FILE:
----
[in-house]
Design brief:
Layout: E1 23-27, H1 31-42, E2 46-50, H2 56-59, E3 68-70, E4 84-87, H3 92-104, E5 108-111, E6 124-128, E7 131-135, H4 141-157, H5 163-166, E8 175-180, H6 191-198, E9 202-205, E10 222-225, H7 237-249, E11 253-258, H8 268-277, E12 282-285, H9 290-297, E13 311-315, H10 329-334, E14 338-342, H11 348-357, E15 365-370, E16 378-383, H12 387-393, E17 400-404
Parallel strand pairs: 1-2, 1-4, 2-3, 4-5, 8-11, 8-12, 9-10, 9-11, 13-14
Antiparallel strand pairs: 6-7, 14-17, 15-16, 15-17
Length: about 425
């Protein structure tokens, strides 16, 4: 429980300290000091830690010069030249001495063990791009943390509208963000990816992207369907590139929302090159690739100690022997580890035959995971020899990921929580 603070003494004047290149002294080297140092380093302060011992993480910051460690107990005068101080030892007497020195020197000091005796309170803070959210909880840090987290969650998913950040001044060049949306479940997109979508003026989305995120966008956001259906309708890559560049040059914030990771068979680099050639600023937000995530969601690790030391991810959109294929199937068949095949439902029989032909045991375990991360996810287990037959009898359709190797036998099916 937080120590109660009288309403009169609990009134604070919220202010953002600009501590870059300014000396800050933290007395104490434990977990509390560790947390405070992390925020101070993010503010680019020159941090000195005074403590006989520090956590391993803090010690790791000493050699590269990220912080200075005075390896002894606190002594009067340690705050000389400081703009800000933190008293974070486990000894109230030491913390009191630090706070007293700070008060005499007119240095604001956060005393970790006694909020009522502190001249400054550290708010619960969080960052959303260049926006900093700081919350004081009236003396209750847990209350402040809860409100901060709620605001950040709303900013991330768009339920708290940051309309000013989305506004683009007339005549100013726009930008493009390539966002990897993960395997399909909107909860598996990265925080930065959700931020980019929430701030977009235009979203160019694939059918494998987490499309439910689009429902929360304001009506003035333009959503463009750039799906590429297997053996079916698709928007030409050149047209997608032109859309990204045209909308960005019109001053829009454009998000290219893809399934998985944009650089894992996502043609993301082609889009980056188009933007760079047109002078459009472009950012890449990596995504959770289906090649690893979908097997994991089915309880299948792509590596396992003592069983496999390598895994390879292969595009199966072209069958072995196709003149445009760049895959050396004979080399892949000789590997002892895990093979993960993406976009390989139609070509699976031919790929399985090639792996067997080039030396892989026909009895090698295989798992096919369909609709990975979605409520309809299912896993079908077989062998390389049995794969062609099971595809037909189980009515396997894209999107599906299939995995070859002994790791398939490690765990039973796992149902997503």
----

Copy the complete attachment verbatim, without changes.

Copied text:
[in-house]
Design brief:
Layout: E1 23-27, H1 31-42, E2 46-50, H2 56-59, E3 68-70, E4 84-87, H3 92-104, E5 108-111, E6 124-128, E7 131-135, H4 141-157, H5 163-166, E8 175-180, H6 191-198, E9 202-205, E10 222-225, H7 237-249, E11 253-258, H8 268-277, E12 282-285, H9 290-297, E13 311-315, H10 329-334, E14 338-342, H11 348-357, E15 365-370, E16 378-383, H12 387-393, E17 400-404
Parallel strand pairs: 1-2, 1-4, 2-3, 4-5, 8-11, 8-12, 9-10, 9-11, 13-14
Antiparallel strand pairs: 6-7, 14-17, 15-16, 15-17
Length: about 425
């Protein structure tokens, strides 16, 4: 429980300290000091830690010069030249001495063990791009943390509208963000990816992207369907590139929302090159690739100690022997580890035959995971020899990921929580 603070003494004047290149002294080297140092380093302060011992993480910051460690107990005068101080030892007497020195020197000091005796309170803070959210909880840090987290969650998913950040001044060049949306479940997109979508003026989305995120966008956001259906309708890559560049040059914030990771068979680099050639600023937000995530969601690790030391991810959109294929199937068949095949439902029989032909045991375990991360996810287990037959009898359709190797036998099916 937080120590109660009288309403009169609990009134604070919220202010953002600009501590870059300014000396800050933290007395104490434990977990509390560790947390405070992390925020101070993010503010680019020159941090000195005074403590006989520090956590391993803090010690790791000493050699590269990220912080200075005075390896002894606190002594009067340690705050000389400081703009800000933190008293974070486990000894109230030491913390009191630090706070007293700070008060005499007119240095604001956060005393970790006694909020009522502190001249400054550290708010619960969080960052959303260049926006900093700081919350004081009236003396209750847990209350402040809860409100901060709620605001950040709303900013991330768009339920708290940051309309000013989305506004683009007339005549100013726009930008493009390539966002990897993960395997399909909107909860598996990265925080930065959700931020980019929430701030977009235009979203160019694939059918494998987490499309439910689009429902929360304001009506003035333009959503463009750039799906590429297997053996079916698709928007030409050149047209997608032109859309990204045209909308960005019109001053829009454009998000290219893809399934998985944009650089894992996502043609993301082609889009980056188009933007760079047109002078459009472009950012890449990596995504959770289906090649690893979908097997994991089915309880299948792509590596396992003592069983496999390598895994390879292969595009199966072209069958072995196709003149445009760049895959050396004979080399892949000789590997002892895990093979993960993406976009390989139609070509699976031919790929399985090639792996067997080039030396892989026909009895090698295989798992096919369909609709990975979605409520309809299912896993079908077989062998390389049995794969062609099971595809037909189980009515396997894209999107599906299939995995070859002994790791398939490690765990039973796992149902997503």